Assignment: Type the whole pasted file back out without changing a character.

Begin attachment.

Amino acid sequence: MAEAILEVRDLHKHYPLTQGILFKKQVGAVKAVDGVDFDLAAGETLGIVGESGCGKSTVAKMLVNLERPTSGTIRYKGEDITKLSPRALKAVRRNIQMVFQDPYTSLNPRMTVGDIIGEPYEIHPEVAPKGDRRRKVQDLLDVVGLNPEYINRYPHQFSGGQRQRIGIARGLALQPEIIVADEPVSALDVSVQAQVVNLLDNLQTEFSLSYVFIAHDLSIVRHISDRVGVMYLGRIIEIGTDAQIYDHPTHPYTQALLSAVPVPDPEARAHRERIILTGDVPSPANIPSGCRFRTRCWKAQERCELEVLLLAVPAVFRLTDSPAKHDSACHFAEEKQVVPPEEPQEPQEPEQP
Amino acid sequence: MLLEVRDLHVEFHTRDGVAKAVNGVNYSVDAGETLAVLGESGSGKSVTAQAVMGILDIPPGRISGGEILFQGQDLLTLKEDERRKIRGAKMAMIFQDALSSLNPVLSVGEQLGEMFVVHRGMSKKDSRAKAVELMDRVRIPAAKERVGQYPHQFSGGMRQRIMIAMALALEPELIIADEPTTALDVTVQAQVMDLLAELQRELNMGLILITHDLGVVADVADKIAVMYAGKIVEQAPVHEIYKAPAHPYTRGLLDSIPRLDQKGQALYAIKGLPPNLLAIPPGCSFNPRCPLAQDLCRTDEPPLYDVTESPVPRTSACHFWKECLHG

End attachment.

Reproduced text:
Amino acid sequence: MAEAILEVRDLHKHYPLTQGILFKKQVGAVKAVDGVDFDLAAGETLGIVGESGCGKSTVAKMLVNLERPTSGTIRYKGEDITKLSPRALKAVRRNIQMVFQDPYTSLNPRMTVGDIIGEPYEIHPEVAPKGDRRRKVQDLLDVVGLNPEYINRYPHQFSGGQRQRIGIARGLALQPEIIVADEPVSALDVSVQAQVVNLLDNLQTEFSLSYVFIAHDLSIVRHISDRVGVMYLGRIIEIGTDAQIYDHPTHPYTQALLSAVPVPDPEARAHRERIILTGDVPSPANIPSGCRFRTRCWKAQERCELEVLLLAVPAVFRLTDSPAKHDSACHFAEEKQVVPPEEPQEPQEPEQP
Amino acid sequence: MLLEVRDLHVEFHTRDGVAKAVNGVNYSVDAGETLAVLGESGSGKSVTAQAVMGILDIPPGRISGGEILFQGQDLLTLKEDERRKIRGAKMAMIFQDALSSLNPVLSVGEQLGEMFVVHRGMSKKDSRAKAVELMDRVRIPAAKERVGQYPHQFSGGMRQRIMIAMALALEPELIIADEPTTALDVTVQAQVMDLLAELQRELNMGLILITHDLGVVADVADKIAVMYAGKIVEQAPVHEIYKAPAHPYTRGLLDSIPRLDQKGQALYAIKGLPPNLLAIPPGCSFNPRCPLAQDLCRTDEPPLYDVTESPVPRTSACHFWKECLHG